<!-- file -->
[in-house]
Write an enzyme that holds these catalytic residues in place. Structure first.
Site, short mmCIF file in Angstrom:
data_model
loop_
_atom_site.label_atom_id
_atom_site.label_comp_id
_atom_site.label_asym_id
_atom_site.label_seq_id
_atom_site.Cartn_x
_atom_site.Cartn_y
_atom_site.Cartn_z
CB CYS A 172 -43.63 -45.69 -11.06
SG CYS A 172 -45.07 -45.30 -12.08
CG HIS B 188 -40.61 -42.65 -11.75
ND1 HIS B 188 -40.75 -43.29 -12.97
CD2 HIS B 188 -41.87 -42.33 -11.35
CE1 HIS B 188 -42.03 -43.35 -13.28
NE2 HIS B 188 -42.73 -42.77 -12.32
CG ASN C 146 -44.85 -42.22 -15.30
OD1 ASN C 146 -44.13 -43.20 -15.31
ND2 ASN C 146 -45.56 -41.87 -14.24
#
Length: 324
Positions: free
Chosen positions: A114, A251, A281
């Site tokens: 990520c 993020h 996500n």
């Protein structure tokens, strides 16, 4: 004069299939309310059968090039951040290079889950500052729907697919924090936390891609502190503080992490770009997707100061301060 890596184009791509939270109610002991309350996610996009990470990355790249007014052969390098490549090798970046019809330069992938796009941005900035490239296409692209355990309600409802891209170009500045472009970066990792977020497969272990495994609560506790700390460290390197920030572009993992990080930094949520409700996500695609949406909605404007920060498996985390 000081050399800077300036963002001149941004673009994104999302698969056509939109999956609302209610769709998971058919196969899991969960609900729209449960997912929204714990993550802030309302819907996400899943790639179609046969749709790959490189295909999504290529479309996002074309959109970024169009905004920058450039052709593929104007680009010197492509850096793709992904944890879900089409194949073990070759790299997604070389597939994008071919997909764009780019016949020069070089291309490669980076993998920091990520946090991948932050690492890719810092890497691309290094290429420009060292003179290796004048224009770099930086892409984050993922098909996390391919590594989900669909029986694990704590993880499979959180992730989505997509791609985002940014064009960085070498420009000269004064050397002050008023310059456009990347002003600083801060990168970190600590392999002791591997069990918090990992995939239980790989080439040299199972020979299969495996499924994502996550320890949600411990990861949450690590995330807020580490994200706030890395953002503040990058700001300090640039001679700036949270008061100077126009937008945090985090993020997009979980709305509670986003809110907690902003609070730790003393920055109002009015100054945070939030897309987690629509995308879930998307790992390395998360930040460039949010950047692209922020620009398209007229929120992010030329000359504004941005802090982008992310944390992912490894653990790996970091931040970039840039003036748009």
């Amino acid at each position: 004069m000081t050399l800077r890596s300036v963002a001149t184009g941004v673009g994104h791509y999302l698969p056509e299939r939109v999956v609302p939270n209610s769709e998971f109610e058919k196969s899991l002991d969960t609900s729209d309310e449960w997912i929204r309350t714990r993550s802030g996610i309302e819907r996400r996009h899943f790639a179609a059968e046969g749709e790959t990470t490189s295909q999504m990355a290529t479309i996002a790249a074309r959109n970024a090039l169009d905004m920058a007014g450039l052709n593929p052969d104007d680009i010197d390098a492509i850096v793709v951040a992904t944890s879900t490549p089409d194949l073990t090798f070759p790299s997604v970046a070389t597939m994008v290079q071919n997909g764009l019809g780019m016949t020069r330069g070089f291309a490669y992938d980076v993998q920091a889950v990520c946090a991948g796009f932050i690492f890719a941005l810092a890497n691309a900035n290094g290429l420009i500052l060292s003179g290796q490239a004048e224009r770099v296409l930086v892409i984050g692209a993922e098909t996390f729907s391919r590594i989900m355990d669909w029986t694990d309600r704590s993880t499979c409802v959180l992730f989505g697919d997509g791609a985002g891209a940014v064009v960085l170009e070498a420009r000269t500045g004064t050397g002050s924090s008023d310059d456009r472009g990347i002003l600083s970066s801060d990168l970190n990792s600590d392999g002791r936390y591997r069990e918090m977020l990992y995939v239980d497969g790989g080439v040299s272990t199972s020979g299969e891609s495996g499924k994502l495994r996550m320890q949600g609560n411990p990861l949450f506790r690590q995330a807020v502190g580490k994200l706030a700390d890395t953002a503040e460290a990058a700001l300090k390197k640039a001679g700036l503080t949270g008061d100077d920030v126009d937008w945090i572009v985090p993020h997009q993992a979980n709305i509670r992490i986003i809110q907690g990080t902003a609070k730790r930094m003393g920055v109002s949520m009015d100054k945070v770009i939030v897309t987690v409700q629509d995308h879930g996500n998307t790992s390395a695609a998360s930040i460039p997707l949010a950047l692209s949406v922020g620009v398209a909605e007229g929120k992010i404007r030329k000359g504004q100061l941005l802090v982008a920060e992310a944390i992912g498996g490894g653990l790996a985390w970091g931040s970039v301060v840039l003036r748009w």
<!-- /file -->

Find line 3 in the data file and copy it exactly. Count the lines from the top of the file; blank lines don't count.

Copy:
Site, short mmCIF file in Angstrom: